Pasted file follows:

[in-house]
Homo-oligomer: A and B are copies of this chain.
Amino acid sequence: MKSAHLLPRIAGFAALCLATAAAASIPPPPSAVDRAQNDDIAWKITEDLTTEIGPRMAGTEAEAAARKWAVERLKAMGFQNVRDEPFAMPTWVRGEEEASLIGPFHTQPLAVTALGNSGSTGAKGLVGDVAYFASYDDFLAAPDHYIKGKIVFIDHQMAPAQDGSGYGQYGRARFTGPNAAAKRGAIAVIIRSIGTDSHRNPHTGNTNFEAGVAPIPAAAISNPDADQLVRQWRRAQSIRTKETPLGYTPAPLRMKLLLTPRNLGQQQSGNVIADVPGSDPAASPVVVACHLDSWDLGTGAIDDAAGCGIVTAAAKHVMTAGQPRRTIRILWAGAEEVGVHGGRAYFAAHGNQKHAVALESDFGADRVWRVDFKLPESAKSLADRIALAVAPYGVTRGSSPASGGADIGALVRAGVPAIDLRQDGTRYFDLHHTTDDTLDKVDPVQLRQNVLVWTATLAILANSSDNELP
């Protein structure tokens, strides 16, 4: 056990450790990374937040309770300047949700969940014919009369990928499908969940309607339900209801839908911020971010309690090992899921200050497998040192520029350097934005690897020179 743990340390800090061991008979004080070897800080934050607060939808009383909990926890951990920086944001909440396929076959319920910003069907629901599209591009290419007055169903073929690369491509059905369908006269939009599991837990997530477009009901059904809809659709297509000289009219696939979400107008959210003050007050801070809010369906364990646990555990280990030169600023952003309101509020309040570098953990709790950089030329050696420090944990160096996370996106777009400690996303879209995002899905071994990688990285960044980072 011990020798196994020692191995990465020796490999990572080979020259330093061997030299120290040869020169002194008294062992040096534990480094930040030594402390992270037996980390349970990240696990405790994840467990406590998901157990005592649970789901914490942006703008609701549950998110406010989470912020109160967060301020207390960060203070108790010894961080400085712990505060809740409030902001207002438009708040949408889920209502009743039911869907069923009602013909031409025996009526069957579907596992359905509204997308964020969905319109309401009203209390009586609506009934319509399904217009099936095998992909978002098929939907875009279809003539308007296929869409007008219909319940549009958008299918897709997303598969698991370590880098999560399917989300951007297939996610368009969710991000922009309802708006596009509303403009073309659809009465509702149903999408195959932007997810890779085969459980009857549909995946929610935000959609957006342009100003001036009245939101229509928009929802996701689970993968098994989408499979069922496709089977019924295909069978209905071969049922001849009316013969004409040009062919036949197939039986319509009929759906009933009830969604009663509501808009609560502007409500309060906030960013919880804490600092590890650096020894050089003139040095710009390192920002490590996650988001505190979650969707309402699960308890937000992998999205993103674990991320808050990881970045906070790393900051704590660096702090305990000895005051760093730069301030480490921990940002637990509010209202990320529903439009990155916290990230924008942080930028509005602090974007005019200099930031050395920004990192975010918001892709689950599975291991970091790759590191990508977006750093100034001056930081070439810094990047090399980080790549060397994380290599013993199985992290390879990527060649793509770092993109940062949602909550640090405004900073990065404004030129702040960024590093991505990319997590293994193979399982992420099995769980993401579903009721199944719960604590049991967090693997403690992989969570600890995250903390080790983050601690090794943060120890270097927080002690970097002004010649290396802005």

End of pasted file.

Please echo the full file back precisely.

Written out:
[in-house]
Homo-oligomer: A and B are copies of this chain.
Amino acid sequence: MKSAHLLPRIAGFAALCLATAAAASIPPPPSAVDRAQNDDIAWKITEDLTTEIGPRMAGTEAEAAARKWAVERLKAMGFQNVRDEPFAMPTWVRGEEEASLIGPFHTQPLAVTALGNSGSTGAKGLVGDVAYFASYDDFLAAPDHYIKGKIVFIDHQMAPAQDGSGYGQYGRARFTGPNAAAKRGAIAVIIRSIGTDSHRNPHTGNTNFEAGVAPIPAAAISNPDADQLVRQWRRAQSIRTKETPLGYTPAPLRMKLLLTPRNLGQQQSGNVIADVPGSDPAASPVVVACHLDSWDLGTGAIDDAAGCGIVTAAAKHVMTAGQPRRTIRILWAGAEEVGVHGGRAYFAAHGNQKHAVALESDFGADRVWRVDFKLPESAKSLADRIALAVAPYGVTRGSSPASGGADIGALVRAGVPAIDLRQDGTRYFDLHHTTDDTLDKVDPVQLRQNVLVWTATLAILANSSDNELP
């Protein structure tokens, strides 16, 4: 056990450790990374937040309770300047949700969940014919009369990928499908969940309607339900209801839908911020971010309690090992899921200050497998040192520029350097934005690897020179 743990340390800090061991008979004080070897800080934050607060939808009383909990926890951990920086944001909440396929076959319920910003069907629901599209591009290419007055169903073929690369491509059905369908006269939009599991837990997530477009009901059904809809659709297509000289009219696939979400107008959210003050007050801070809010369906364990646990555990280990030169600023952003309101509020309040570098953990709790950089030329050696420090944990160096996370996106777009400690996303879209995002899905071994990688990285960044980072 011990020798196994020692191995990465020796490999990572080979020259330093061997030299120290040869020169002194008294062992040096534990480094930040030594402390992270037996980390349970990240696990405790994840467990406590998901157990005592649970789901914490942006703008609701549950998110406010989470912020109160967060301020207390960060203070108790010894961080400085712990505060809740409030902001207002438009708040949408889920209502009743039911869907069923009602013909031409025996009526069957579907596992359905509204997308964020969905319109309401009203209390009586609506009934319509399904217009099936095998992909978002098929939907875009279809003539308007296929869409007008219909319940549009958008299918897709997303598969698991370590880098999560399917989300951007297939996610368009969710991000922009309802708006596009509303403009073309659809009465509702149903999408195959932007997810890779085969459980009857549909995946929610935000959609957006342009100003001036009245939101229509928009929802996701689970993968098994989408499979069922496709089977019924295909069978209905071969049922001849009316013969004409040009062919036949197939039986319509009929759906009933009830969604009663509501808009609560502007409500309060906030960013919880804490600092590890650096020894050089003139040095710009390192920002490590996650988001505190979650969707309402699960308890937000992998999205993103674990991320808050990881970045906070790393900051704590660096702090305990000895005051760093730069301030480490921990940002637990509010209202990320529903439009990155916290990230924008942080930028509005602090974007005019200099930031050395920004990192975010918001892709689950599975291991970091790759590191990508977006750093100034001056930081070439810094990047090399980080790549060397994380290599013993199985992290390879990527060649793509770092993109940062949602909550640090405004900073990065404004030129702040960024590093991505990319997590293994193979399982992420099995769980993401579903009721199944719960604590049991967090693997403690992989969570600890995250903390080790983050601690090794943060120890270097927080002690970097002004010649290396802005």